A mattress warranty or even a limited warranty is important because it protects your purchase in cases of manufacturing defects. If you purchase a mattress with faulty innerspring coils that cause the mattress to sag very quickly, the product didn’t do what it was supposed to do.
What Is Covered By a Mattress Warranty?
Mattress warranties, along with limited warranties, do not provide coverage for everything that can go wrong with your mattress. Instead, they tend to focus on specific problems that may arise. Mattress warranties typically cover two defects, usually Manufacturing Defect; sagging and faulty manufacturing.
Sagging is the most common issue to be covered under a mattress warranty. Warranties won’t cover sagging brought on gradually by normal wear and tear over several years. But most of them will cover excessive sagging or sagging that occurs early in the life of a mattress because that’s a sign that something about the product might be defective. Most warranties have a specific threshold for sagging before they will replace it. For instance, some warranties require that the mattress sag at least one and a half inches before the warranty will apply.
Also, many mattress warranties will guarantee repair or replacement of the mattress if there is a clear example of poor workmanship of your mattress. Some examples of this could include:
- Defective seams that are split or otherwise come undone
- Broken, burst, or bent coils (in innerspring or hybrid mattresses)
- Broken or torn mattress handles
- Significant bunching of materials
Factors That Can Void A Mattress Warranty
You may void your mattress warranty if the manufacturer can prove you’ve done something explicitly forbidden in the warranty, so it’s important to avoid these things if you want to preserve your warranty’s coverage. Some of the most common factors that effectively void a mattress warranty include:
- Removing the law tag
- Transferring ownership
- Sagging below the stated threshold
- Customer misuse (failing to use proper support, stains, rips, etc.)
- Natural wear and tear
- Stains, discoloration, or unsanitary conditions
- Failure to remove the mattress from its shipping materials quickly enough
- Failure to flip the mattress on a specified schedule
What Are The Different Types of Mattress Warranties?
A mattress warranty can be prorated, non-prorated, or a combination of both in the period that the warranty covers.
- Prorated warranties: Under this warranty, you’re responsible for paying a certain percentage of the cost of repairing or replacing the mattress. This percentage typically gets larger as time goes on. For example, if you purchase a mattress with a 10-year warranty, and it becomes faulty after 5 years, any eligible repairs or replacements will only be covered by 50%. If it becomes faulty after 8 years, it will only cover 20%.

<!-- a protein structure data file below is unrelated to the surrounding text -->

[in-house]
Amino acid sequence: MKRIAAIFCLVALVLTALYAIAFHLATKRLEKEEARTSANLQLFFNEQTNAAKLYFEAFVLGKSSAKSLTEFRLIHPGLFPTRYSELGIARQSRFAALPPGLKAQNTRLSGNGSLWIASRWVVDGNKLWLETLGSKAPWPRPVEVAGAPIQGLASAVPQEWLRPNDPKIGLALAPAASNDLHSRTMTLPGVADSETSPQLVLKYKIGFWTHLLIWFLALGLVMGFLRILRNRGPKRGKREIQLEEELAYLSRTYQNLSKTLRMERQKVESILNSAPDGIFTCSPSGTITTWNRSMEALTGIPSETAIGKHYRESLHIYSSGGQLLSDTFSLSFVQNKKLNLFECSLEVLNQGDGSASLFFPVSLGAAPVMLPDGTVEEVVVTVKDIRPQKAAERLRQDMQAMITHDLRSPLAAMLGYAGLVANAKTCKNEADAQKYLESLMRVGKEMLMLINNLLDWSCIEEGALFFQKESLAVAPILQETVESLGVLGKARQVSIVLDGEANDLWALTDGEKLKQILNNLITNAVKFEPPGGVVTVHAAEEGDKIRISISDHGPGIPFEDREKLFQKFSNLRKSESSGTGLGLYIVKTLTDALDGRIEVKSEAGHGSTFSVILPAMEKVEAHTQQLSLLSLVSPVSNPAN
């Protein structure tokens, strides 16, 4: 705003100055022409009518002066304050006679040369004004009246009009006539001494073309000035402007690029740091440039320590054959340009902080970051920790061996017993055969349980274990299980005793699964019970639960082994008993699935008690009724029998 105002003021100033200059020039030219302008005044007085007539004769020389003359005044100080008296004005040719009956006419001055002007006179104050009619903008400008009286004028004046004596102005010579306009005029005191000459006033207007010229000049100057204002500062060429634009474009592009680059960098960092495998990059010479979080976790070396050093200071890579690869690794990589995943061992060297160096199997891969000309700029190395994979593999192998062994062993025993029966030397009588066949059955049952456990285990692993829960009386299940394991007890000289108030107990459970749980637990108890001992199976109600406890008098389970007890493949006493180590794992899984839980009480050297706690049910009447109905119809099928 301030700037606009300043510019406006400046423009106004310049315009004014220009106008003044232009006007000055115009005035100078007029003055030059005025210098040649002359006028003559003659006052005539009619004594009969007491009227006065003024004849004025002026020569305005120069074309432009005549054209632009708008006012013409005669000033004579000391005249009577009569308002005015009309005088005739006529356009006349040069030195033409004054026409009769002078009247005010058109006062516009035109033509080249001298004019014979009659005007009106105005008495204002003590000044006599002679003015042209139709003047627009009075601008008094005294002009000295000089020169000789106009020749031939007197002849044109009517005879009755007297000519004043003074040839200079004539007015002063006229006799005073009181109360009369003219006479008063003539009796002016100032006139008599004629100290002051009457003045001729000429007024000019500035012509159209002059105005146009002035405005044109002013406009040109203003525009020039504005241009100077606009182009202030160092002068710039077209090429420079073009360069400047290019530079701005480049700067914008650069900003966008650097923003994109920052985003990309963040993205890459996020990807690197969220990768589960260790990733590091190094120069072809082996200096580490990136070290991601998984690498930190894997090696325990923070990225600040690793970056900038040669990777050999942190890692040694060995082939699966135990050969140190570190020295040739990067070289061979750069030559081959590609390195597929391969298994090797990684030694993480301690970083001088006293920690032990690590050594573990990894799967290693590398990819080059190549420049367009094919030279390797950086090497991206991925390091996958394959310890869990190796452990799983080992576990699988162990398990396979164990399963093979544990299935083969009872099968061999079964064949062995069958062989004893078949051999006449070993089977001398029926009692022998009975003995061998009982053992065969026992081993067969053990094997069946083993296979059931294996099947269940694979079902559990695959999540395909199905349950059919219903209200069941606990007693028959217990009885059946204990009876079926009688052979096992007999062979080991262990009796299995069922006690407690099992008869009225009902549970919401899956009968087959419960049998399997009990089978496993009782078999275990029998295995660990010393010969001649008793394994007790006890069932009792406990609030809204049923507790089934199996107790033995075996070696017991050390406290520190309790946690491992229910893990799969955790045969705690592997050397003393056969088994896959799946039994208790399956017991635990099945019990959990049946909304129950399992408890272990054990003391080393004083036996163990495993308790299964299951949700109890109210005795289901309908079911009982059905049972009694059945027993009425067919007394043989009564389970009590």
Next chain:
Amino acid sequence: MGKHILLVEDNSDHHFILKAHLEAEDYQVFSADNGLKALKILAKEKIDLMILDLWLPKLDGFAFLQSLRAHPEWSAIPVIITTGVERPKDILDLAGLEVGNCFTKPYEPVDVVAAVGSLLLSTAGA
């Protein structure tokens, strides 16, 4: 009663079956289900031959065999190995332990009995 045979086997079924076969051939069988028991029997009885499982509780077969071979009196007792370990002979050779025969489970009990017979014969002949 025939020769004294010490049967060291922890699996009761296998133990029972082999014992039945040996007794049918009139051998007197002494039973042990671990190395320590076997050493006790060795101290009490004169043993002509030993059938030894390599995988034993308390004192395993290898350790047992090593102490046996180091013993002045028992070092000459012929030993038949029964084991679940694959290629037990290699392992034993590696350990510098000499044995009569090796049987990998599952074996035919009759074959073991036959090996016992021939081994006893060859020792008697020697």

- Non-prorated warranties: As a general rule, non-prorated warranties are better for you as the customer. In a non-prorated warranty, the remedy for a defective mattress is the same throughout the entire warranty period. In this case, you would not be responsible for paying any portion of the repair or replacement costs during the designated warranty period. Usually, the only costs that you might incur are shipping fees if sending the mattress out for repair.
- Combination warranties: In many cases, a mattress warranty might include both types. For example, you may have a 10-year warranty that’s covered by a non-prorated warranty for the first few years after its purchase and then a prorated warranty for the rest of the warranty period.
How Long Do Mattress Warranties Last?
As a general rule, mattress warranties tend to last longer than the expected lifespan of the mattress in question. Most mattress lifespans are shorter than the warranty period by a year or more. Mattress warranties may range from 5 years to a full lifetime warranty, but the most common range is between 10 and 20 years.
Although mattress warranties return and sleep trial policies can be somewhat confusing, when you better understand what they include, you can shop confidently, knowing your investment is protected. If you’re looking to buy a new mattress or memory foam mattress, browse our extensive No Bull Mattress collection. Contact us for more information on our sleep trials, return policies, and mattress warranties.